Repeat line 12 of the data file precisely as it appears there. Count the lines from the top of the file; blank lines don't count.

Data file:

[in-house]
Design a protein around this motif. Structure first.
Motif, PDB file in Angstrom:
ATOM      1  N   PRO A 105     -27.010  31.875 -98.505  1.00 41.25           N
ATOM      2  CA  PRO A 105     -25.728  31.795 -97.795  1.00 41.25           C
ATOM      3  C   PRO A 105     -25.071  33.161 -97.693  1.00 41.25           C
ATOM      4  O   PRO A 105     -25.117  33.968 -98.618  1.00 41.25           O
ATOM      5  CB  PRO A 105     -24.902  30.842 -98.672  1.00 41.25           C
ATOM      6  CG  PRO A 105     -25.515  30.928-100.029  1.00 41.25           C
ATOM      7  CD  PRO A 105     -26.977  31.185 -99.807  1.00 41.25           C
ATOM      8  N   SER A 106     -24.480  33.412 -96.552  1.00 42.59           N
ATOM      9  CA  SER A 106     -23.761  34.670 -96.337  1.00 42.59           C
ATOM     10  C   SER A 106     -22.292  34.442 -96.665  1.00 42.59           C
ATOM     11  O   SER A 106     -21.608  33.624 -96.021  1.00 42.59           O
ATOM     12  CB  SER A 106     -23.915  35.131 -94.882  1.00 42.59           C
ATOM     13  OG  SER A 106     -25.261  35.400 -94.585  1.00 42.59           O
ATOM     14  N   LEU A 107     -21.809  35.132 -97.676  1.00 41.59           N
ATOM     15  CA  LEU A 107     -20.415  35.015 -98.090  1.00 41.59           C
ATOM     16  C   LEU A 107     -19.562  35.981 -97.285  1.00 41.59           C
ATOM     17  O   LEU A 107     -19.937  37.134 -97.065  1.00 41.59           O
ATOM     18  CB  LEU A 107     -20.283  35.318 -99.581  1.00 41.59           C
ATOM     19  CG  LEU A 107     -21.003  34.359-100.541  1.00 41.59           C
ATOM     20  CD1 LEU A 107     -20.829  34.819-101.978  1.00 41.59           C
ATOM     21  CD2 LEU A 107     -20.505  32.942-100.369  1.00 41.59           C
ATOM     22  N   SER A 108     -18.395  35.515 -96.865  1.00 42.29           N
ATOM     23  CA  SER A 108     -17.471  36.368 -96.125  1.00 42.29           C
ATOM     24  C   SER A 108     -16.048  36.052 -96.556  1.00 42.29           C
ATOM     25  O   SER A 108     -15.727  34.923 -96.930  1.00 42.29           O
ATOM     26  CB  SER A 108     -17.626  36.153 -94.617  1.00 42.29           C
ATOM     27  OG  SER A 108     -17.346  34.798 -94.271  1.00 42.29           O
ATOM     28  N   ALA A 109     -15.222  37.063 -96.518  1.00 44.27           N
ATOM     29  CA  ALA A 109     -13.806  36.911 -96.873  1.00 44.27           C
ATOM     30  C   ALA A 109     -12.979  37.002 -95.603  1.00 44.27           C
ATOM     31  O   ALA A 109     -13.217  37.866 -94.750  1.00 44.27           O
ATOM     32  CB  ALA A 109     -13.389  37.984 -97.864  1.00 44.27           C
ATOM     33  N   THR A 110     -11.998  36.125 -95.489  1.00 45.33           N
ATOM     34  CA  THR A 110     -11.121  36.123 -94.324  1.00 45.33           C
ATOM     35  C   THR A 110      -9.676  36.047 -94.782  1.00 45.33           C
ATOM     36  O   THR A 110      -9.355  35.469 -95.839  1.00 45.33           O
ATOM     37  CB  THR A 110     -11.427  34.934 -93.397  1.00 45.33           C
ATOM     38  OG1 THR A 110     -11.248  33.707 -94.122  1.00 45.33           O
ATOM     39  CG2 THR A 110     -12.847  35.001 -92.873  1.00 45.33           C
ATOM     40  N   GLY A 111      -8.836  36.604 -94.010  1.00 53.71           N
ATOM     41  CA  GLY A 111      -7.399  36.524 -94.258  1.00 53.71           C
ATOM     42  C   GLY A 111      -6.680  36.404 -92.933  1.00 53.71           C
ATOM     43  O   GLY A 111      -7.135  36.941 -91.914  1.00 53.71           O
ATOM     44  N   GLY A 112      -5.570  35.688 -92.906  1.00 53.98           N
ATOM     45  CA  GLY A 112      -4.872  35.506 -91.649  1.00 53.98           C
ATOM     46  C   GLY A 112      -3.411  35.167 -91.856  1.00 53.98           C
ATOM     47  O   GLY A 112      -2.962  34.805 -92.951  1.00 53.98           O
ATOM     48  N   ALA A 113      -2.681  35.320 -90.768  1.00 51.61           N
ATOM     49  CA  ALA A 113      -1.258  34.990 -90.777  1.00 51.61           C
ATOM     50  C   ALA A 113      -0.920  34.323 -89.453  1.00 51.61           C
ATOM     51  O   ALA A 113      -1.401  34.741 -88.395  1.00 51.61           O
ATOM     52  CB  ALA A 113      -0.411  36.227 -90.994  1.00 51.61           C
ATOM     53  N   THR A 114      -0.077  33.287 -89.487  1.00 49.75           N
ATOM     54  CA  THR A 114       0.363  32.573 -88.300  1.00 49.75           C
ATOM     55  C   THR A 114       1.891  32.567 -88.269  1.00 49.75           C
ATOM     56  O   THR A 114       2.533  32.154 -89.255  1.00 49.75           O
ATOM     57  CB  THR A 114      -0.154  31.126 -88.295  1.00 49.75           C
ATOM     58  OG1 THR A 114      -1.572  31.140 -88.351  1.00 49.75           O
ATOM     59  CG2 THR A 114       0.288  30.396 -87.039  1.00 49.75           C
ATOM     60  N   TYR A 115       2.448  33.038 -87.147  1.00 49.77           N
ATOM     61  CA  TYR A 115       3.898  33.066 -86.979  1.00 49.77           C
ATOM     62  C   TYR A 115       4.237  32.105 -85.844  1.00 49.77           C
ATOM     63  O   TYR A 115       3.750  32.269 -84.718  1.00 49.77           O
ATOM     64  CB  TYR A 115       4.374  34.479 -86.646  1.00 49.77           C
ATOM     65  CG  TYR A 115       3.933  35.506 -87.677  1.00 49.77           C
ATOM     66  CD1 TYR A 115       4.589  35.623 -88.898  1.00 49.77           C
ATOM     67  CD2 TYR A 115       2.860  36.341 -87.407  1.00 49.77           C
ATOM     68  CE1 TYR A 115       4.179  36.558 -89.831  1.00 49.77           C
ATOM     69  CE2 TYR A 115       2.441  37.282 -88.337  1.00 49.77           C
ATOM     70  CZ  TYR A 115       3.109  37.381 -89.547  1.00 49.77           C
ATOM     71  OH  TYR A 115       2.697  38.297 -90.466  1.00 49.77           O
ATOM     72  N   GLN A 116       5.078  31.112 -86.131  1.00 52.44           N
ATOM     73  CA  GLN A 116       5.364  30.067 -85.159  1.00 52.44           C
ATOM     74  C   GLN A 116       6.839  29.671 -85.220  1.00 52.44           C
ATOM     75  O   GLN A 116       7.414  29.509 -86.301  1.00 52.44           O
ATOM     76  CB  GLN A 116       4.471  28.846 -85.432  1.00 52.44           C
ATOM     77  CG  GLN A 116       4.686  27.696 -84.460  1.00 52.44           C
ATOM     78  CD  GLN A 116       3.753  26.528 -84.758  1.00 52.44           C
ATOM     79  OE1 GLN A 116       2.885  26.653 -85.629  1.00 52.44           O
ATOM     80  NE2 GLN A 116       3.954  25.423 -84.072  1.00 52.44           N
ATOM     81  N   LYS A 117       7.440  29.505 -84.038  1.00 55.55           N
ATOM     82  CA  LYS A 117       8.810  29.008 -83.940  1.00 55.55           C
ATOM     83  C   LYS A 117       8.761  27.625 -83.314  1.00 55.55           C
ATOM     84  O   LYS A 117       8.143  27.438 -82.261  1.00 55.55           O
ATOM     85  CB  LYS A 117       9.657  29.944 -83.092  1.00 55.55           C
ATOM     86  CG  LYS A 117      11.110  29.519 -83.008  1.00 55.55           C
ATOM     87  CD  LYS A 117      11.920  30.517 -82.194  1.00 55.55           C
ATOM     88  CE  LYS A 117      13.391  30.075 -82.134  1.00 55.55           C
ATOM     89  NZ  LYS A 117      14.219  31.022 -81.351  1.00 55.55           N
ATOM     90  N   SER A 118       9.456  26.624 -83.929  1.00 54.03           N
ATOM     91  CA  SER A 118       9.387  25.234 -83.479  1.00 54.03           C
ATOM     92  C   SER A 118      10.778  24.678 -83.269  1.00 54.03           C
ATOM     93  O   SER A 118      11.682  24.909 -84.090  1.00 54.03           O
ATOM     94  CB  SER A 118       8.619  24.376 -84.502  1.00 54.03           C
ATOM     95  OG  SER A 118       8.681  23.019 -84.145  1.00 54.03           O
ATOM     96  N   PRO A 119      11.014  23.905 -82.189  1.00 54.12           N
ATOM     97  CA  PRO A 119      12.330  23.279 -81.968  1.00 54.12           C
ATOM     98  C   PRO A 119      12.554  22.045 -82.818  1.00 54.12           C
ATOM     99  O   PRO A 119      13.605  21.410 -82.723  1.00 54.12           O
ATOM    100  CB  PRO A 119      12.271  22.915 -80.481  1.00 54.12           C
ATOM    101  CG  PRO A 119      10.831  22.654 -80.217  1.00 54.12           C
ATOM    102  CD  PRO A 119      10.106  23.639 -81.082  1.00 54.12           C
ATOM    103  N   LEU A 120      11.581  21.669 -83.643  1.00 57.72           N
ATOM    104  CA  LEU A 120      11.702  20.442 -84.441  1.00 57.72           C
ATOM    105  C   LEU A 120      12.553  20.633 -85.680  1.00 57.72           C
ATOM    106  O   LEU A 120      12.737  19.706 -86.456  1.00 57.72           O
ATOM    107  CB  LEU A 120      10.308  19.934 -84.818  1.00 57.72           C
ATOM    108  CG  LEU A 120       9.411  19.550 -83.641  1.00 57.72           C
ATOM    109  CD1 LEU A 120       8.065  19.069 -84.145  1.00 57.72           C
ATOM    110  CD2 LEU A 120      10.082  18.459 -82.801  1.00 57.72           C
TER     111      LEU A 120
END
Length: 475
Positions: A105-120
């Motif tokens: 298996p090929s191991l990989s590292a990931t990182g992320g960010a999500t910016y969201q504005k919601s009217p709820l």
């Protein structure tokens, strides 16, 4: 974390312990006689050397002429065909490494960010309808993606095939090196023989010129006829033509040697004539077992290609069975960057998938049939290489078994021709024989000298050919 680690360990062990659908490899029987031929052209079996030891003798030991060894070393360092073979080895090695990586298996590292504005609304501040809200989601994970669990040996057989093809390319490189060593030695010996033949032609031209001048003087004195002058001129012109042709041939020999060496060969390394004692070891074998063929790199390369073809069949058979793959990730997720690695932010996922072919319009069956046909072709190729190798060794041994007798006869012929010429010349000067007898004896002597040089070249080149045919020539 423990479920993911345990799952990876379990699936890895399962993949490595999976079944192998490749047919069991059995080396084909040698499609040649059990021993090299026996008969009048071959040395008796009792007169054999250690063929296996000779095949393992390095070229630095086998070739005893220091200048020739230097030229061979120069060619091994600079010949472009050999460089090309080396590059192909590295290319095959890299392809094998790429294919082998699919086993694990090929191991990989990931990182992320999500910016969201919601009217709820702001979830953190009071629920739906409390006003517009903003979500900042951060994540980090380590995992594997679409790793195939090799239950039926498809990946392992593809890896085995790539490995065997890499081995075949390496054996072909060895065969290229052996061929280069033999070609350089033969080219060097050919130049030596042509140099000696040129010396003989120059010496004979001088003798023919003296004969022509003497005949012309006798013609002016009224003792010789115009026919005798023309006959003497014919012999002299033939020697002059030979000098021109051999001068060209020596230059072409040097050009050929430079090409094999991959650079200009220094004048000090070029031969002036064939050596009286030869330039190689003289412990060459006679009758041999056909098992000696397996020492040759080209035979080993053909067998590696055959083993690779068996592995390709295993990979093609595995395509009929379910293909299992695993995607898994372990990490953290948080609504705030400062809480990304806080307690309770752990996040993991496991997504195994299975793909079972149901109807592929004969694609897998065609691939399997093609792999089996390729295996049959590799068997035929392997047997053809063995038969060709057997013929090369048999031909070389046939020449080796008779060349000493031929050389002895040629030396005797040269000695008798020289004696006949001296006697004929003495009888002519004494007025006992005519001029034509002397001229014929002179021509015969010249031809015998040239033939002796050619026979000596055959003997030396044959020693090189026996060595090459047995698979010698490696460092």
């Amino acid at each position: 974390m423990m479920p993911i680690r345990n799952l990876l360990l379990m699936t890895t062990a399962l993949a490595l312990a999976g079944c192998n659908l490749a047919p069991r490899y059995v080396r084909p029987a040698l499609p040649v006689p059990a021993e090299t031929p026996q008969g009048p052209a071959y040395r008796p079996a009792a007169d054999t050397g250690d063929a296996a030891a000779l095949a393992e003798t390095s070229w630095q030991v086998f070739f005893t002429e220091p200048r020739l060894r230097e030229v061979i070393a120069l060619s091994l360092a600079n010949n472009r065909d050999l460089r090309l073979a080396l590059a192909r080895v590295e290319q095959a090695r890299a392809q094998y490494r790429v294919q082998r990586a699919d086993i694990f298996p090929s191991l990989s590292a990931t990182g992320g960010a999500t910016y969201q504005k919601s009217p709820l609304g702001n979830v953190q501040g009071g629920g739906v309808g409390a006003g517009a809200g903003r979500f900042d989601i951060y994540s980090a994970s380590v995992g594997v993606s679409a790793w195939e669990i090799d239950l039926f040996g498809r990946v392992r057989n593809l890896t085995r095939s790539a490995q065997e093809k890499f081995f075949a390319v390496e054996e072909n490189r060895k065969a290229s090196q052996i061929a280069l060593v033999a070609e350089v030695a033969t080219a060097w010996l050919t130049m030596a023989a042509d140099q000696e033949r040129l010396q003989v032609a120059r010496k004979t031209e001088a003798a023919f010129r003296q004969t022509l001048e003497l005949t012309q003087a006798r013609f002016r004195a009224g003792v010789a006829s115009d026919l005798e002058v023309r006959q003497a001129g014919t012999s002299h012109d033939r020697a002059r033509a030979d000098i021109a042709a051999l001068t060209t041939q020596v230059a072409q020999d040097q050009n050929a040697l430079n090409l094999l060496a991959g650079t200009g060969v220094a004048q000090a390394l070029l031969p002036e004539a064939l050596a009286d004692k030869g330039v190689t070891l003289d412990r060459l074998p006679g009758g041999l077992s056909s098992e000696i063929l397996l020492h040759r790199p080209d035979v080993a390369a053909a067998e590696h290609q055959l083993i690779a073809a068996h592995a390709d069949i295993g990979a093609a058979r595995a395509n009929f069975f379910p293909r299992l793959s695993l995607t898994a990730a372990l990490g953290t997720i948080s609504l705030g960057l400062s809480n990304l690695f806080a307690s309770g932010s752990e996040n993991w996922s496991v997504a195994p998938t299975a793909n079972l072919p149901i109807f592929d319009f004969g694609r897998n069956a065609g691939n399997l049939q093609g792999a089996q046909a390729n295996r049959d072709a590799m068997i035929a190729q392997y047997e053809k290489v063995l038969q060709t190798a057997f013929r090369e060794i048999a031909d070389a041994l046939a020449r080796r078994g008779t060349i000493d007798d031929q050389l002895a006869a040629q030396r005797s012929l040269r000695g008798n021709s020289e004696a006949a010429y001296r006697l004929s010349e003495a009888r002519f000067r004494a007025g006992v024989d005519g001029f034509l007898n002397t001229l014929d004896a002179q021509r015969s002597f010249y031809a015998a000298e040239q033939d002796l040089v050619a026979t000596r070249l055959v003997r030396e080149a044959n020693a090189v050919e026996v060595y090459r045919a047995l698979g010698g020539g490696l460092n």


ATOM      9  CA  SER A 106     -23.761  34.670 -96.337  1.00 42.59           C